Annihilation!

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chimp_spanner
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13 Mar 2018

Who else has seen this movie? It came to Netflix in the UK yesterday, so I watched it first chance I got. Obviously, spoilers ahead so if you haven't seen it yet, back out now!

Really curious to see what others thought, though. I mean firstly, I really enjoyed it as a visual experience and as a sci-fi movie. And it had a couple of really unforgettable moments (the plant humanoids and the bear that absorbs the dying screams of its victim as a lure...nightmares for days). And the way the Shimmer was realised on screen was really interesting. There was a very Lovecraftian feel to the whole movie, that whatever the Shimmer was it was so beyond human understanding that it would literally drive you insane and corrupt the very essence of your being. That was by far the scariest thing about the movie. Just something so unfathomable, without any wants or demands. Not even a force OF nature, but a force beyond nature.

With that said, any ideas as to what it actually was? I had several ideas in my head, ranging from some kind of life-seeding tool sent to a planet with life already on it by mistake, to some kind of ancient, elementary force of creation; an integral part of the universe. Almost god like? I even thought maybe it was some kind of artificial intelligence, as its natural form was so geometrically perfect (that kind of endlessly imploding fractal thing).

Obviously the ending sets us up for a world in which the Shimmer is set loose in the world through Lena and Kane. Although there's some ambiguity over whether Lena is infected or replaced. Kane is definitely a doppelganger.

Anyway those are just some random, incoherent thoughts on the film. Interested to hear yours!
Enjoy!

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dhruan
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14 Mar 2018

I loved it! It had some issues (for example, who sends a team like that out into the unknown with just plain ol' ARs instead of fitting them with optics/image enhancers or suppressors). Anyhoo... that aside it had a great vibe to it, everything gelled together nice even though I would have loved to see more of what went on in the Shimmer. The idea of 'chaos' came to mind also... everything mixing together in this DNA blender. Wow.

The movie was great production value wise and a lovely presentation of the other wordly, indeed... I also liked the Lovecraftian vibe that it had, overall it was kind of reminiscent of The Thing.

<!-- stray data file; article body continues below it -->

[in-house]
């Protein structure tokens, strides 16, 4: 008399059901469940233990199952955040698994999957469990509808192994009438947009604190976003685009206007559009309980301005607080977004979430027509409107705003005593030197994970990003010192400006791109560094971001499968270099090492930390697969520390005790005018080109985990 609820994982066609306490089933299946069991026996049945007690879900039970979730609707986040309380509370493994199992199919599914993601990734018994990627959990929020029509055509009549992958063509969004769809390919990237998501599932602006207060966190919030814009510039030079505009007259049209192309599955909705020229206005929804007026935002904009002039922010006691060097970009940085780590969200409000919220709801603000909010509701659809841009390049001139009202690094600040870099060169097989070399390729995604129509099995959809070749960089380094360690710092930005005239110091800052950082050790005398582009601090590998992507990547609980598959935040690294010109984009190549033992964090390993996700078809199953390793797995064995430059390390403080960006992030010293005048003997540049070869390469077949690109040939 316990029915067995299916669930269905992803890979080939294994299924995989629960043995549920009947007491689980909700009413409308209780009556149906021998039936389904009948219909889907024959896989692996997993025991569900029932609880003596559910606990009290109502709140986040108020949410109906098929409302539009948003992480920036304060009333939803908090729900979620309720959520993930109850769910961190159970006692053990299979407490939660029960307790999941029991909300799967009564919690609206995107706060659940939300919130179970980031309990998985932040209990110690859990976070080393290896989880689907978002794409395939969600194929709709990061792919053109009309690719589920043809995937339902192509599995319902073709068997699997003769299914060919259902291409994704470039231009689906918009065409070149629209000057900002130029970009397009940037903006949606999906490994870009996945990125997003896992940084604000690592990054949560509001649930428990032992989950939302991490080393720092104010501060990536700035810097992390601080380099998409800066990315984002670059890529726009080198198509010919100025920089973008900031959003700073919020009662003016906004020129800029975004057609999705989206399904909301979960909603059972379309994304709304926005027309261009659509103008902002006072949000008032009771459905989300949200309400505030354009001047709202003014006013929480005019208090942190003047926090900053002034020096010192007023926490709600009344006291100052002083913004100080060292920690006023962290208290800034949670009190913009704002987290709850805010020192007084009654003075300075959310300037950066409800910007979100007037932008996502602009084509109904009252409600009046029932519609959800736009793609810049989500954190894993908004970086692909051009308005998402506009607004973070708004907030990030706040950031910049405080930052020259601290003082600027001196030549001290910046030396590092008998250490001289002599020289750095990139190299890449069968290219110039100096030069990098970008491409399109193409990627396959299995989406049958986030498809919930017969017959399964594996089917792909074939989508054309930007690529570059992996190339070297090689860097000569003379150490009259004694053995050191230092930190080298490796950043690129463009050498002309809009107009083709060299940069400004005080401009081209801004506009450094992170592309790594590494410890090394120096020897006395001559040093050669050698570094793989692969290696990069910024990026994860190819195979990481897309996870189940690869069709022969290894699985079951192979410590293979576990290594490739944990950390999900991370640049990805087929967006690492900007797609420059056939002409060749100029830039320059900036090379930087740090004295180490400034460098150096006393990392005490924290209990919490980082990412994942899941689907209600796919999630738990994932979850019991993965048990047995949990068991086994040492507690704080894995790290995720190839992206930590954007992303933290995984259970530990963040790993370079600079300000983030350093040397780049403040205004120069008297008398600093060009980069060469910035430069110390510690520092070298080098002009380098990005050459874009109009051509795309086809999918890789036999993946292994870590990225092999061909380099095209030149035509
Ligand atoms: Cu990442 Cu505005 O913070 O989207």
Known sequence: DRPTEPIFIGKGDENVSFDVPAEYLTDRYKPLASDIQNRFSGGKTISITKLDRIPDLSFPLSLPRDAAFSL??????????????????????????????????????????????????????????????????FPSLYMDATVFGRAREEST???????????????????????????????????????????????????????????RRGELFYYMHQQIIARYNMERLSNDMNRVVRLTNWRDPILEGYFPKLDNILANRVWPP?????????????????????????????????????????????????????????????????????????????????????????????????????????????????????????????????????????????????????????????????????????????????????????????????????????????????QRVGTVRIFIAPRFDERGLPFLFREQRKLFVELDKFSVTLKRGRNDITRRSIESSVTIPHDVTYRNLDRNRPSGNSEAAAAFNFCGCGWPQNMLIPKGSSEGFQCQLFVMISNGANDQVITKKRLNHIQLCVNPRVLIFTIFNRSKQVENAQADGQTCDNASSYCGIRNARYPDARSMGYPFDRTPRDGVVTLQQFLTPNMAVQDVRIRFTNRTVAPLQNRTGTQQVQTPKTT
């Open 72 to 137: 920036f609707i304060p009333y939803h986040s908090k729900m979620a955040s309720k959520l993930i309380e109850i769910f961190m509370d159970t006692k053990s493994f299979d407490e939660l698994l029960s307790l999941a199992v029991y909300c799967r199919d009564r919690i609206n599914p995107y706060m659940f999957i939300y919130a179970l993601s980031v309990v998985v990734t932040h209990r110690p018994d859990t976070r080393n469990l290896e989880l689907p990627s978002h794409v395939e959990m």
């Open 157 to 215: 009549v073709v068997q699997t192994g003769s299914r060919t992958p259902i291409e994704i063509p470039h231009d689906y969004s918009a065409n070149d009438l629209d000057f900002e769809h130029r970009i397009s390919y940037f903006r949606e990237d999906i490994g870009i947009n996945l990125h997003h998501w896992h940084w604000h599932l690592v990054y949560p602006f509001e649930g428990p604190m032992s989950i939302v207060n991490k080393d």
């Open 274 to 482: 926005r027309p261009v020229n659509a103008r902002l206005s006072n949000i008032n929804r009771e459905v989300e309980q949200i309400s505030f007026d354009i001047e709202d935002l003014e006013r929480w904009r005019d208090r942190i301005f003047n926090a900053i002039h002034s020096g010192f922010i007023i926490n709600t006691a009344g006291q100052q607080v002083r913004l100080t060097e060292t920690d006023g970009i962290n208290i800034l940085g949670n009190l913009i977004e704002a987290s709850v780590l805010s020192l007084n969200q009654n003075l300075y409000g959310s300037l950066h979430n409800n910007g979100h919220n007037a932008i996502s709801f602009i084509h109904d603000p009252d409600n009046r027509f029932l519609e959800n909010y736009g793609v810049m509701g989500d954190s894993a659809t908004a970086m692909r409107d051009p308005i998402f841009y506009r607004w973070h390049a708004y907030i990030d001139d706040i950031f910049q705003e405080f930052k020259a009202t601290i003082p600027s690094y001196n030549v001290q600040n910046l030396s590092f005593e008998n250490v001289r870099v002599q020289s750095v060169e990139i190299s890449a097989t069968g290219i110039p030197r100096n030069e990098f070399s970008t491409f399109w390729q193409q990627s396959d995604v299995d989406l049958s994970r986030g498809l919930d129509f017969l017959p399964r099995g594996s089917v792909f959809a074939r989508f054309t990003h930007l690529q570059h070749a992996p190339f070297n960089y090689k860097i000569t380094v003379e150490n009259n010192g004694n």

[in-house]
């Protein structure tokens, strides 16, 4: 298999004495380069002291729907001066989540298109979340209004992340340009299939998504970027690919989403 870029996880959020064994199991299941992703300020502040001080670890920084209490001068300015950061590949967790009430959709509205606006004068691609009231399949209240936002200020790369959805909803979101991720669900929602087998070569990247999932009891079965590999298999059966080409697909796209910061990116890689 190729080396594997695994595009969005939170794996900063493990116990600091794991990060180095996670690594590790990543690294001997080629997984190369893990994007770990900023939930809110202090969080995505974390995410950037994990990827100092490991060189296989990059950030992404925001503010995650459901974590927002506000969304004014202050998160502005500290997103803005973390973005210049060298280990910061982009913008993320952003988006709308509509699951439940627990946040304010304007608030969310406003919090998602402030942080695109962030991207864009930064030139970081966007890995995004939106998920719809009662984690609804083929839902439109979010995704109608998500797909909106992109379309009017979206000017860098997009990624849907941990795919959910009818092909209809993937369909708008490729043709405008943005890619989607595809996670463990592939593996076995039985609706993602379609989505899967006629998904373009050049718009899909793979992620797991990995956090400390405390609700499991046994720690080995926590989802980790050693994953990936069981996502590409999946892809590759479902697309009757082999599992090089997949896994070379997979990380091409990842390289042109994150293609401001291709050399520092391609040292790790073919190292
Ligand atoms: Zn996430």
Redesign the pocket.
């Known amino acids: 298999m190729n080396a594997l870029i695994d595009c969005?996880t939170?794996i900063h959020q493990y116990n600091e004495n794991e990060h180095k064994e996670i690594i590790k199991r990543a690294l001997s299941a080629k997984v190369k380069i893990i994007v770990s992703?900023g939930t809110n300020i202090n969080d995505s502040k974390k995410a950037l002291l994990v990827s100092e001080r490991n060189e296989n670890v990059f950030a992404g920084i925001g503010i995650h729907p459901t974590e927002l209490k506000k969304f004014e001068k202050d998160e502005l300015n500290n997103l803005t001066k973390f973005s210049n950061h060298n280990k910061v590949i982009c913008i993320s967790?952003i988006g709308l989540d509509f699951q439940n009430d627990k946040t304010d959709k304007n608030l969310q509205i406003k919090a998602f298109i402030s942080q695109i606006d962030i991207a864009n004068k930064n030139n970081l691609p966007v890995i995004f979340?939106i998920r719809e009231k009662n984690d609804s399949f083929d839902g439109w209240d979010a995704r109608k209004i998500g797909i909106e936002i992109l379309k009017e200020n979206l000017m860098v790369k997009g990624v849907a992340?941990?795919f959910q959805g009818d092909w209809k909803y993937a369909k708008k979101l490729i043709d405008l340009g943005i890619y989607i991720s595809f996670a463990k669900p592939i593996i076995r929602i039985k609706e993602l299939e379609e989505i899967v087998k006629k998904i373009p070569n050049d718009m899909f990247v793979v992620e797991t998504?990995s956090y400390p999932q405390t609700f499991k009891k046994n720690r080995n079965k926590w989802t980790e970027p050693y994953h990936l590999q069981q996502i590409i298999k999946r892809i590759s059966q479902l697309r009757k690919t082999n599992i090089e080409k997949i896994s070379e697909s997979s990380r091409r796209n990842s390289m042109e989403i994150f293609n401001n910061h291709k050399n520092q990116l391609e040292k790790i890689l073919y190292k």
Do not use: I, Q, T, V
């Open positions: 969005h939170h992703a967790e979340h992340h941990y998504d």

Bonus points for very interesting sound design, it supported the visuals especially in the encounters with the "other". Would love to give this one a go on a proper theater and sound system.

Would I hazard a guess to what it was? Could be a way to colonize already inhabitable planets and morph them to their liking. As in, I think the whole blender thing was there to help give form to something that was initially only a "pattern" that was stored in a format and a medium that could withstand most anything that was thrown at it while traveling across the vast hostile distances of space.

If you think of space travel that is one of the greatest challenges that we humans face. The space itself. Our carbon based forms have evolved to a sheltered life on this planet of ours, to a certain gravity and range of temperatures. Exposure to zero gravity alone is enough to cause major havoc over time, not to mention the effects of radiation and cosmic rays that are enough of a bother to cause major complications just on a slower trip to Mars... even if you survive the trip you will get radiation poisoning and whatnot (provided you are not cooked by radiation before that).

How to overcome that? You need to either create a vessel that protects the lifeforms inside or... get rid of the parts prone to damage and injury. I.e. our "meat suits". Something akin to the "Stack" technology in Altered Carbon could be the key but I am quite sure that we will find a solution to up armor our vessels meant for space travel long before that.
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raymondh
Posts: 1029